I agree that nothing beats physical bullion and ammunition for real wealth, but there may be something to be said for keeping a store of digital wealth in tact for as long as possible also.
My bank has an emergency plan. They mailed me a copy. So I figured I needed to incorporate a plan to keep them out of my life during an economic meltdown.
The plan is very simple. I fully intend to eliminate my mortgage with what is left of my IRA on the day before doomsday (or thereabouts). My money will ride out the storm on metal based investments, hopefully holding value while my fixed rate mortgage devalues. The new metal and oil ETFs are going to provide a place of relative refuge for institutional investors in the near term future. I think GLD, OILB and probably the new SIL will attract a lot of capital in an inflationary emergency.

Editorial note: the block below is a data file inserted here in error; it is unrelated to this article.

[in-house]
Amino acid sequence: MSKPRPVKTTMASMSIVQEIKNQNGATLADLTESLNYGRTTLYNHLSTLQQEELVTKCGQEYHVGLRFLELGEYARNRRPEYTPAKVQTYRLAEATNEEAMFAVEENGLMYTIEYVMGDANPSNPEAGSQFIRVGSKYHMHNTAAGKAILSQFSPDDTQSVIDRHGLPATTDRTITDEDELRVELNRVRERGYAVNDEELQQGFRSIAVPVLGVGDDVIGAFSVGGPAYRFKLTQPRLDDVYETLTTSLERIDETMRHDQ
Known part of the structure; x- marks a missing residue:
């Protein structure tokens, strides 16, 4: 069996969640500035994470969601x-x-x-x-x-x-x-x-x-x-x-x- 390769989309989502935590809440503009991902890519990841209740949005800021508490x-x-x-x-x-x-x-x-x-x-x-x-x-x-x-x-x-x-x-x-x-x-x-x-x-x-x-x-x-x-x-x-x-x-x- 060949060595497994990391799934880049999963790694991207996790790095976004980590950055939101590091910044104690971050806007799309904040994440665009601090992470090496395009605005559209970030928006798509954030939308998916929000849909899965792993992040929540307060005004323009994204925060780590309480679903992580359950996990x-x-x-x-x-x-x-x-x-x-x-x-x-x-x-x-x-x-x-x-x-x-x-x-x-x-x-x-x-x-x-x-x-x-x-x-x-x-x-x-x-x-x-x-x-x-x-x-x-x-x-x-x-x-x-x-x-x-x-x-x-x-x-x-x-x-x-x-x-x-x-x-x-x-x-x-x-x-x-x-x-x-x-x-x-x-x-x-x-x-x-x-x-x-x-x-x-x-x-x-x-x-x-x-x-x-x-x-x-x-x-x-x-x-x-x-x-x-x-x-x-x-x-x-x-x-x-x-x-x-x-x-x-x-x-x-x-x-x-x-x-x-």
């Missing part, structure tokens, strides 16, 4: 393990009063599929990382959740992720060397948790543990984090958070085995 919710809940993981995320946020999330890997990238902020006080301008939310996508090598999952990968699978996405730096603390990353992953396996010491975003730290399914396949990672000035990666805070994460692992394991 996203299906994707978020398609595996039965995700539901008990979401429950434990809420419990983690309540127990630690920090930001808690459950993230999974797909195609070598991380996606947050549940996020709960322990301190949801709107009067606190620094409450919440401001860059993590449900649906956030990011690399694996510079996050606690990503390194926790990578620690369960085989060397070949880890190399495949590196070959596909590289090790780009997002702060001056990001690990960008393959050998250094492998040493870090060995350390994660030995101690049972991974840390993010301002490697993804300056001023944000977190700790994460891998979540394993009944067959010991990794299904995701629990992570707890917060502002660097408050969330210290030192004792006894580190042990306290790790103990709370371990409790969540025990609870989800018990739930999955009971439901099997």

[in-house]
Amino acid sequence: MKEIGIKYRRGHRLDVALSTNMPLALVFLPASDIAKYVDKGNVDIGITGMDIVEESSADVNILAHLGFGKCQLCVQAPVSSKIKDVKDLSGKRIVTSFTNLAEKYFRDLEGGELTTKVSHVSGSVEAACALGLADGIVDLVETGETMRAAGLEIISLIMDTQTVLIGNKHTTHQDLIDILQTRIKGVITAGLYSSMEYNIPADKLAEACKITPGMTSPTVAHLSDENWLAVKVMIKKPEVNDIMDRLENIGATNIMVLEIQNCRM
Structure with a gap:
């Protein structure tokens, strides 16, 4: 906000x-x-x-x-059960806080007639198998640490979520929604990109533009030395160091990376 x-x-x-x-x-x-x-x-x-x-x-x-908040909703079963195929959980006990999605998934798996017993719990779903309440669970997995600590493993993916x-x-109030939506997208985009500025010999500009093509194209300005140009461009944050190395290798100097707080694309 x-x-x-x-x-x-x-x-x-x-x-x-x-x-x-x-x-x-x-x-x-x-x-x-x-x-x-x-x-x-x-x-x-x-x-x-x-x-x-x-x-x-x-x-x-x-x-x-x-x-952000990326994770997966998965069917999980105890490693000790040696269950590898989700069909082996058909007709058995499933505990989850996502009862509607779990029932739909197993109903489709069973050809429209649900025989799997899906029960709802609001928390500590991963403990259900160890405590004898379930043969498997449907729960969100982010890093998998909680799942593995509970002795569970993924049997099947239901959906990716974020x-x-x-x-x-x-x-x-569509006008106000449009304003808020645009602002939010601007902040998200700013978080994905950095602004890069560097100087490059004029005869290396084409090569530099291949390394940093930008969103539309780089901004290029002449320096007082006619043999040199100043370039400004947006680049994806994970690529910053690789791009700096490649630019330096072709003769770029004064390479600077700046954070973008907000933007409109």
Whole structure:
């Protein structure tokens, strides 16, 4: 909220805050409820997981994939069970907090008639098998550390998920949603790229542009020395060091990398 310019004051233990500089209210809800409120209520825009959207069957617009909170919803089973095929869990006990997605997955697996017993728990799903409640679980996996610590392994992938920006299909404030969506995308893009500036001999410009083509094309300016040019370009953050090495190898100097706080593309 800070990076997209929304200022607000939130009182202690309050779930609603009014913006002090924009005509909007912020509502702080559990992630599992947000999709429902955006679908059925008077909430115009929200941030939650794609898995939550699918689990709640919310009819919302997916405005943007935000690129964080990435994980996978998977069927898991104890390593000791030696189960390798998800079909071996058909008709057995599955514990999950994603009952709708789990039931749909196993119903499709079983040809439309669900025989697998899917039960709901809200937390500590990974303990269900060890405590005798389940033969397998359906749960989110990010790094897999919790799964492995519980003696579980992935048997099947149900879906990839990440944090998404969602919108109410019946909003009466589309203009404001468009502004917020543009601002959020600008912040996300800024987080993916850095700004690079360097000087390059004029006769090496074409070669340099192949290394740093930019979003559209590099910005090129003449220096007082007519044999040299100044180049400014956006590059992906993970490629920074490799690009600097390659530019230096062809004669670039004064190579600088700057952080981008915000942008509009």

I am prepared for a quick change. My checking, savings, IRA and brokerage accounts are all linked online and available 24/7. My IRA is currently about 1/5th of my Mortgage and neither is very big IMO. I’m set up to liquidate my positions and pay off my mortgage very quickly, and I will the moment I can.
On most days I am chasing returns with on the TSX, but I am really only 30 seconds away from being in metals, Euros… whatever. I foresee a period of hyperinflation coming that will render the tax consequences of exercising such a plan to be insignificant.